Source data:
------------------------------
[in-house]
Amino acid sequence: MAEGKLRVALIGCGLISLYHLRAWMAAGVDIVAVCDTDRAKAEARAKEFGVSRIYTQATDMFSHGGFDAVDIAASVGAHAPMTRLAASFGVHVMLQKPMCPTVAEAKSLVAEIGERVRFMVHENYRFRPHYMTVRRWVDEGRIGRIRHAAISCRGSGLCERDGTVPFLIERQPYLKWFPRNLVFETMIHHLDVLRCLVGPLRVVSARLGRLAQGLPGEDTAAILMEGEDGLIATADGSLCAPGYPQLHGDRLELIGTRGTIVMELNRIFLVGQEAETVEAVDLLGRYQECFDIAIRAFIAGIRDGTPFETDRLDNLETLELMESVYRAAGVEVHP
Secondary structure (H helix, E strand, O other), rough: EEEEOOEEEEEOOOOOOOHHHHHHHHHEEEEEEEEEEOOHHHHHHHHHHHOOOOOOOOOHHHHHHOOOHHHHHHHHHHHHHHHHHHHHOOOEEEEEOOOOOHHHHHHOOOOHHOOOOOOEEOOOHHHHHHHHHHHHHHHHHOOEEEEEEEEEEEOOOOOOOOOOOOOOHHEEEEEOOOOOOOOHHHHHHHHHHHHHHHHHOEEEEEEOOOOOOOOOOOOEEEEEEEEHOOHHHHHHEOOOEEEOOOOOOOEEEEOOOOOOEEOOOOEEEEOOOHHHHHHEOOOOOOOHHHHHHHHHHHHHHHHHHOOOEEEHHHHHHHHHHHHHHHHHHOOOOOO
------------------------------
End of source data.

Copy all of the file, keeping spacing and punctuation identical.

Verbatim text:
[in-house]
Amino acid sequence: MAEGKLRVALIGCGLISLYHLRAWMAAGVDIVAVCDTDRAKAEARAKEFGVSRIYTQATDMFSHGGFDAVDIAASVGAHAPMTRLAASFGVHVMLQKPMCPTVAEAKSLVAEIGERVRFMVHENYRFRPHYMTVRRWVDEGRIGRIRHAAISCRGSGLCERDGTVPFLIERQPYLKWFPRNLVFETMIHHLDVLRCLVGPLRVVSARLGRLAQGLPGEDTAAILMEGEDGLIATADGSLCAPGYPQLHGDRLELIGTRGTIVMELNRIFLVGQEAETVEAVDLLGRYQECFDIAIRAFIAGIRDGTPFETDRLDNLETLELMESVYRAAGVEVHP
Secondary structure (H helix, E strand, O other), rough: EEEEOOEEEEEOOOOOOOHHHHHHHHHEEEEEEEEEEOOHHHHHHHHHHHOOOOOOOOOHHHHHHOOOHHHHHHHHHHHHHHHHHHHHOOOEEEEEOOOOOHHHHHHOOOOHHOOOOOOEEOOOHHHHHHHHHHHHHHHHHOOEEEEEEEEEEEOOOOOOOOOOOOOOHHEEEEEOOOOOOOOHHHHHHHHHHHHHHHHHOEEEEEEOOOOOOOOOOOOEEEEEEEEHOOHHHHHHEOOOEEEOOOOOOOEEEEOOOOOOEEOOOOEEEEOOOHHHHHHEOOOOOOOHHHHHHHHHHHHHHHHHHOOOEEEHHHHHHHHHHHHHHHHHHOOOOOO